Tuesday, November 1, 2005

Sermon for October 23

The Writing on the Wall
Daniel 5:1-12

I once had a friend who heard the voice of God. His name was Willie. Willie always made me a little nervous because the things God told him were not very pleasant. God told Willie a lot about judgment and death, plagues, and deadly diseases. No, Willie’s God was not a happy God, and Willie let us know it. For the most part, the messages he shared made me nervous for selfish reasons. I was afraid God was going to tell Willie some secret detail of my past, and I didn’t want to be around if the Lord was going to embarrass me in front of my friends, with Willie as God’s mouthpiece. Let’s just say I haven’t always been the angel I am today.

I had a similar experience once at the Church of Brotherly Love. Sister Bradley, the church’s ancient pastor, invited me out to one of her church’s revival. The speaker was a woman from Florida – a Prophet Lady. After preaching for an hour and a half, the Prophet Lady prayed, and God sent her messages about specific people who needed their lives fixed up. The Prophet Lady pointed to a man in the back and said, “You, over there in the red shirt. Jesus wants to free from your sinful ways.” The man in the red shirt walked forward. The Prophet Lady situated her hands on his head and prayed over him. Then the man in the red shirt fell to the ground, twitching like he was getting electroshocks. The Prophet Lady said, “That’s what happens when you get filled with the Holy Ghost.” Then she called up her next sinner to get the Holy Spirit whammy. That’s when I started praying. “Lord,” I said, “I know what I’ve done. You know what I’ve done. Let’s just keep it between you and me and not tell the Prophet Lady about it. OK?” The Prophet Lady’s voice interrupted my bargaining with God. “You, the young pastor over there.” I knew she was pointing at me. She said, “The Lord has a message for you.” Meanwhile I’m thinking, “God we had a deal here. Don’t make me go forward. I won’t know when to fall down and twitch.” Mercifully, I never had to go forward, and my notorious past was never exposed. She gave an encouraging message, and let me sit back down. God is good!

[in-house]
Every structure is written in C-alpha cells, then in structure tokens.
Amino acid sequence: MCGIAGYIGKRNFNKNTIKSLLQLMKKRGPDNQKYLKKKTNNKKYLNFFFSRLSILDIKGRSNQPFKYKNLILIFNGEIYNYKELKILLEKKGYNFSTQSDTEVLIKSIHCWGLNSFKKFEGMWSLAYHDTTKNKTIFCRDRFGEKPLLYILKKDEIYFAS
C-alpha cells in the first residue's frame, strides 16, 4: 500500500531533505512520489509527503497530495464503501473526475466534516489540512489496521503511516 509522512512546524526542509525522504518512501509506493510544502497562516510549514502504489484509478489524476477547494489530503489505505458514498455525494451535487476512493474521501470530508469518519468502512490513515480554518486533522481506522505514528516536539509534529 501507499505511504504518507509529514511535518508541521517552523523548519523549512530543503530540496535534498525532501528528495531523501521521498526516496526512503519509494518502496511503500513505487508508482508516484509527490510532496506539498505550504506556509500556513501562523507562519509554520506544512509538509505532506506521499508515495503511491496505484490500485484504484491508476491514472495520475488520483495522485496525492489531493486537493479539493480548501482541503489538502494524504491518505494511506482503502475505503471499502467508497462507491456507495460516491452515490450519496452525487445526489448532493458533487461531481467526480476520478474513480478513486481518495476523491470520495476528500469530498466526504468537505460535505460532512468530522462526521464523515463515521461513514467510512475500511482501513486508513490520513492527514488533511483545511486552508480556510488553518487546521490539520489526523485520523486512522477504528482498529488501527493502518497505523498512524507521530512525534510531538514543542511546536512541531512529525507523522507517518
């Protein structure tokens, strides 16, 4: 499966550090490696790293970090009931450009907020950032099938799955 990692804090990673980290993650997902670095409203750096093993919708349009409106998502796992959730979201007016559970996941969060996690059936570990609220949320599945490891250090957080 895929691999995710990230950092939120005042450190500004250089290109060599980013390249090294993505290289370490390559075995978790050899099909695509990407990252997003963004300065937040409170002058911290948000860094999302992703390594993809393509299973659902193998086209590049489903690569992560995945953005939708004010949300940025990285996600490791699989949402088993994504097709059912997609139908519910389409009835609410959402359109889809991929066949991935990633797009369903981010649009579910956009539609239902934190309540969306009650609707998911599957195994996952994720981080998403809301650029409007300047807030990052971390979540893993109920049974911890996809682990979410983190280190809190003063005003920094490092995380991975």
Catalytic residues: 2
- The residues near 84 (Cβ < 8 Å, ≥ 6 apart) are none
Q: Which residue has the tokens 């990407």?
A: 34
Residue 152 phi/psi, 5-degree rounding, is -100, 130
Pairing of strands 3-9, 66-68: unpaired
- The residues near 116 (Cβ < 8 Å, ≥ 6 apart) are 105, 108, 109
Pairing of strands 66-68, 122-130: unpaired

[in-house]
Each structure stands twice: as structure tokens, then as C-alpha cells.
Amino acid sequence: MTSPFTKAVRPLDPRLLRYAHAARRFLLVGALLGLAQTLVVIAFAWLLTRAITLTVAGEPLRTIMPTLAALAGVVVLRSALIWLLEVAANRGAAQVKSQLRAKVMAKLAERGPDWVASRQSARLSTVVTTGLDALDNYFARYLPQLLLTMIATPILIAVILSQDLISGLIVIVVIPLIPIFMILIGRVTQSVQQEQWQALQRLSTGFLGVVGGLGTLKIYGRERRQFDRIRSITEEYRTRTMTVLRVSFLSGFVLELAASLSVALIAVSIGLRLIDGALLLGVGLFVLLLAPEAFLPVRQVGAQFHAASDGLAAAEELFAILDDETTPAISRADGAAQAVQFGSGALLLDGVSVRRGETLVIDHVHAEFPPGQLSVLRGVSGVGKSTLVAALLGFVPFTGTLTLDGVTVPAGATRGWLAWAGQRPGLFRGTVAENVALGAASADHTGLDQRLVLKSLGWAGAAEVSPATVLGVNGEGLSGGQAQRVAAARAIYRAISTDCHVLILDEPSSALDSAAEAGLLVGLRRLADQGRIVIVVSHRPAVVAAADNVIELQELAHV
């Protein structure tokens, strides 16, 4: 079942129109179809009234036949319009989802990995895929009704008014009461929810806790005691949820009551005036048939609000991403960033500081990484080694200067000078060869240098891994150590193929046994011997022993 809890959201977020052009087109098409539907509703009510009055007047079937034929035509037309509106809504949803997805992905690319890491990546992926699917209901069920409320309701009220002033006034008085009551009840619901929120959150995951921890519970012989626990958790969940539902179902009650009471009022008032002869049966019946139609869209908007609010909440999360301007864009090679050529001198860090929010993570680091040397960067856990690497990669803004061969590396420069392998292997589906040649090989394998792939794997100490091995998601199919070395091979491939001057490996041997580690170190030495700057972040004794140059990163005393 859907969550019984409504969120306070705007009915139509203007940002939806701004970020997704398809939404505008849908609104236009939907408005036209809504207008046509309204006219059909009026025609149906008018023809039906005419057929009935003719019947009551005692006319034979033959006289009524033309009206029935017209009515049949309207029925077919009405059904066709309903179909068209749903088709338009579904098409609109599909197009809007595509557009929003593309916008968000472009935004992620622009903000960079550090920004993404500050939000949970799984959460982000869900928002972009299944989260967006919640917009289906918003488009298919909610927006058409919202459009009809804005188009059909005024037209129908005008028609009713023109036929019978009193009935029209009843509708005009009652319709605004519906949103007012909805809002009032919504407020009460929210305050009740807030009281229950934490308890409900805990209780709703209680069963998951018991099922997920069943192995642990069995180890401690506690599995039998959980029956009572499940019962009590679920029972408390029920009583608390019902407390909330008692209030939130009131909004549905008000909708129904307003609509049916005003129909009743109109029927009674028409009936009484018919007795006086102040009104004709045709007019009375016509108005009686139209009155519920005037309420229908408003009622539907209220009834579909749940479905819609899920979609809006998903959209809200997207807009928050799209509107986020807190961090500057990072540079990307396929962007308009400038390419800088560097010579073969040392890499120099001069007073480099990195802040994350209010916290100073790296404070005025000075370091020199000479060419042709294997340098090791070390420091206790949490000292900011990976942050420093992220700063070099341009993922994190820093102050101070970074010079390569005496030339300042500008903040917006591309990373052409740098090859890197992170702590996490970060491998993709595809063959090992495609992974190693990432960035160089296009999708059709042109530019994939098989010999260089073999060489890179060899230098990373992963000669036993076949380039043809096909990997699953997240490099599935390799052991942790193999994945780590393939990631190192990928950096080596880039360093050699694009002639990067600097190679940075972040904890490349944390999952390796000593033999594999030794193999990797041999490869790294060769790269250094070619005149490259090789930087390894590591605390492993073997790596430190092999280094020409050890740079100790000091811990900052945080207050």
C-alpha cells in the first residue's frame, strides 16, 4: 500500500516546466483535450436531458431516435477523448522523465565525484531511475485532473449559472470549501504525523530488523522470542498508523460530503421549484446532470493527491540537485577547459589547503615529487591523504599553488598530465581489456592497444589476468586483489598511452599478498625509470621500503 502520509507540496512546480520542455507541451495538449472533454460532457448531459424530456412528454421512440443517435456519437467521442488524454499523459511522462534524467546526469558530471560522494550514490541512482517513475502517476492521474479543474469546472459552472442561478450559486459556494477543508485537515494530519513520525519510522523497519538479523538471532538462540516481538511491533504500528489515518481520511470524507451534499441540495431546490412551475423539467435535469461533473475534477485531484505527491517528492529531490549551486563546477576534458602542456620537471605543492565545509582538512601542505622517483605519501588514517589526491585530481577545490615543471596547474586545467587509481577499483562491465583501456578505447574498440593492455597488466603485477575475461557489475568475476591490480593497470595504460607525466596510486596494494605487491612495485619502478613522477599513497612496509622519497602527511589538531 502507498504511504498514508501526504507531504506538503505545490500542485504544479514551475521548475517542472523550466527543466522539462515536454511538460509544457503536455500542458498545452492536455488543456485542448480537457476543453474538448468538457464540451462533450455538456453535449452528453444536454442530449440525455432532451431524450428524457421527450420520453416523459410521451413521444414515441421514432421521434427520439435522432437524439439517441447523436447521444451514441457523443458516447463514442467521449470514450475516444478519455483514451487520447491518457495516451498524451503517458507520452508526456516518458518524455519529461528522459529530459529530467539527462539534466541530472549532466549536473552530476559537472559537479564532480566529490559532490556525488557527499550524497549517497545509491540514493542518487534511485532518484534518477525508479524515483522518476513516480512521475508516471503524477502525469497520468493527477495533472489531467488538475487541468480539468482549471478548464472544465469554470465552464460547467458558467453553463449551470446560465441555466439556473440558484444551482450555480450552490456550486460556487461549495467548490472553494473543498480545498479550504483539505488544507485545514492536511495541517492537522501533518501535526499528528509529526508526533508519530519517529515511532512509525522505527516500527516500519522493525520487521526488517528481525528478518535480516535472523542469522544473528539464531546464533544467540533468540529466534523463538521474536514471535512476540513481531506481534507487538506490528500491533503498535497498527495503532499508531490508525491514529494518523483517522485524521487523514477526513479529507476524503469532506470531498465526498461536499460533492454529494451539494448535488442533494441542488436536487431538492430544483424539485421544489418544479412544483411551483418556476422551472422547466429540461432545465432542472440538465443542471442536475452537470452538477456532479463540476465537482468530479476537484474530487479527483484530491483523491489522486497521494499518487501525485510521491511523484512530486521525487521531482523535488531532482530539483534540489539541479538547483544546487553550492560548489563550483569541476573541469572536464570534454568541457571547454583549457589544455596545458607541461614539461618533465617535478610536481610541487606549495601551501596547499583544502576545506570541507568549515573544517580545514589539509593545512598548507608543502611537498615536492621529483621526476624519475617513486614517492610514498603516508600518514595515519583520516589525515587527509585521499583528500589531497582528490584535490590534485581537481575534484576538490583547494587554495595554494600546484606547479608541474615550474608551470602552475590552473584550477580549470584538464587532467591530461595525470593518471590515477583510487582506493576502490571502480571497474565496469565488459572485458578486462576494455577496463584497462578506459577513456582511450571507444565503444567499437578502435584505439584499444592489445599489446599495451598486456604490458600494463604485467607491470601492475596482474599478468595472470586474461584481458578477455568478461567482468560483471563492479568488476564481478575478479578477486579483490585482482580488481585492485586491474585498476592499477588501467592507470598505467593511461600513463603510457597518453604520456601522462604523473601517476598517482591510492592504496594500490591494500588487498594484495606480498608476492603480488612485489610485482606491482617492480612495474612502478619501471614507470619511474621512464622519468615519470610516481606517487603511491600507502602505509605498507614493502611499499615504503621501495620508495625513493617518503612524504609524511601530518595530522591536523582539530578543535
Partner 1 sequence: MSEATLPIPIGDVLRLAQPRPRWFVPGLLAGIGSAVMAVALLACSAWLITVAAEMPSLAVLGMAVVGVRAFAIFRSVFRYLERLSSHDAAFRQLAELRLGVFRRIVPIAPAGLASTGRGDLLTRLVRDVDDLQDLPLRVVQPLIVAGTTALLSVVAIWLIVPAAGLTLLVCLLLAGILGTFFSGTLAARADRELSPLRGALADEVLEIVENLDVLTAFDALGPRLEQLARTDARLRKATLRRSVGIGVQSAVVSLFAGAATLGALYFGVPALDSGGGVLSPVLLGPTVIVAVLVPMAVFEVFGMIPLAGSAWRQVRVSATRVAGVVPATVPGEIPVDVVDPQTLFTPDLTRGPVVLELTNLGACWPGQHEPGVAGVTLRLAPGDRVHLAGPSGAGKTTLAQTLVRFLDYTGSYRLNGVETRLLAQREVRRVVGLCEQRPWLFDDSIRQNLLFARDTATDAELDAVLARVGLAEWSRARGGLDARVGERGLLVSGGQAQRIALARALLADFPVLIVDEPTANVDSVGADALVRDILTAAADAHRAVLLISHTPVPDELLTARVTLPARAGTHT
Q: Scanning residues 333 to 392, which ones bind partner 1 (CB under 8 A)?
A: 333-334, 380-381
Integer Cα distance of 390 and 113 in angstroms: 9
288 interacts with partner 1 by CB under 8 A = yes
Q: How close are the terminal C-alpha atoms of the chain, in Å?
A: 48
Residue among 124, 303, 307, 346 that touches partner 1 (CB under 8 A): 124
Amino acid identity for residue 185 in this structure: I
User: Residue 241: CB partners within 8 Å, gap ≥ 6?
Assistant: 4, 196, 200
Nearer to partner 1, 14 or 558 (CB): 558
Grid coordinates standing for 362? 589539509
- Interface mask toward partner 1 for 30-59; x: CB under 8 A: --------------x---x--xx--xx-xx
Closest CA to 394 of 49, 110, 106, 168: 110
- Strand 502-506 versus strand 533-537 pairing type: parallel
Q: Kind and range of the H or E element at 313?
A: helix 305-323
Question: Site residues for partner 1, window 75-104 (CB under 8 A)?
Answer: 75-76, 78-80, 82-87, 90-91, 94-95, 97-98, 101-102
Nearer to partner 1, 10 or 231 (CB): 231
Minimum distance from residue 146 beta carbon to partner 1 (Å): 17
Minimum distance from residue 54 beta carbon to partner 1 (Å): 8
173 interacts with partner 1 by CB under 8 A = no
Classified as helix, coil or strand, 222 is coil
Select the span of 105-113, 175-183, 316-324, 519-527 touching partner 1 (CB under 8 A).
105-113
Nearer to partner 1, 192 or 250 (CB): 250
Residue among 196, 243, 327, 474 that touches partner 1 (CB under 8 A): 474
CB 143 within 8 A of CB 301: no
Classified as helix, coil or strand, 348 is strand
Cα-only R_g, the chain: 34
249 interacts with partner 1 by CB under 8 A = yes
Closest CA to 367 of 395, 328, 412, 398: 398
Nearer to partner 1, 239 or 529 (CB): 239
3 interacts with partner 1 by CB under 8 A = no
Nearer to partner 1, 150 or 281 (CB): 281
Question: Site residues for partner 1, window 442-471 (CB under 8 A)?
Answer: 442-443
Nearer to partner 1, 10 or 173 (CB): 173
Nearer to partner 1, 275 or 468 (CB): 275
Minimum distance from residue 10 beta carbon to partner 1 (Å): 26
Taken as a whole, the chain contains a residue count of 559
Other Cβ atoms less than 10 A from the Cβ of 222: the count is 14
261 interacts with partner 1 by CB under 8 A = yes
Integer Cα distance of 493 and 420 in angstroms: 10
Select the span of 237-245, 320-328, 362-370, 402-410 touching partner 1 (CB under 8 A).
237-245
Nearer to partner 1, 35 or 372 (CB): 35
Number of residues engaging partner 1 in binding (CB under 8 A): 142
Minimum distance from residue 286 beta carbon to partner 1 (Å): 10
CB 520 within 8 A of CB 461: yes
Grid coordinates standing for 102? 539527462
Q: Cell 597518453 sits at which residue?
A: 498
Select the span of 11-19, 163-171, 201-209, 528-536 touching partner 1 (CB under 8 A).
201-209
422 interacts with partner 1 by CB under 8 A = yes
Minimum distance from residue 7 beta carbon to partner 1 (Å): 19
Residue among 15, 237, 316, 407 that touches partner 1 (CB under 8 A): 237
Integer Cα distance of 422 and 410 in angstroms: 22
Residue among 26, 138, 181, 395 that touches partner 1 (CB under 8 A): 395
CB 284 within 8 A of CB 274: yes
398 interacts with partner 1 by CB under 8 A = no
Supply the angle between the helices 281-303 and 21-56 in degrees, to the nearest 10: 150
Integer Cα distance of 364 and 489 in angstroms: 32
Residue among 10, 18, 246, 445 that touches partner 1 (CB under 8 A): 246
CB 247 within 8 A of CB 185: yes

Do you ever wonder if God still speaks to His people? These days God speaks to us through billboards. Have you seen them? Black backgrounds with bold white letters quote God saying,
· Do you have any idea where you’re going? – God
· That “Love Thy Neighbor” thing... I meant it. – God
· What part of “Thou Shalt Not...” didn’t you understand? – God
· Don’t make me come down there! – God

And, in case you were worried, God has a direct hotline to President Bush. In a BBC series called, “Elusive Peace, Isreal and the Arabs,” The Prime Minister of Palestine says, “President Bush said to all of us: ‘I’m driven with a mission from God. God would tell me, “George, go and fight those terrorists in Afghanistan.” And I did, and then God would tell me, “George, go and end the tyranny in Iraq …” And I did. And now, again, I feel God’s words coming to me, “Go get the Palestinians their state and get the Israelis their security, and get peace in the Middle East.” And by God I’m gonna do it.’“[1]

Does God speak to us today? We walk a fine line when trying to answer this question. If someone claims to directly hear the voice of God, we usually consider the person to be a fanatic or demented. The other side of the line is that we want to hear from God. In our age of competing spiritualities, we want to know that the God we worship is real and involved in our lives. We desire God to communicate His message of love directly to our hearts.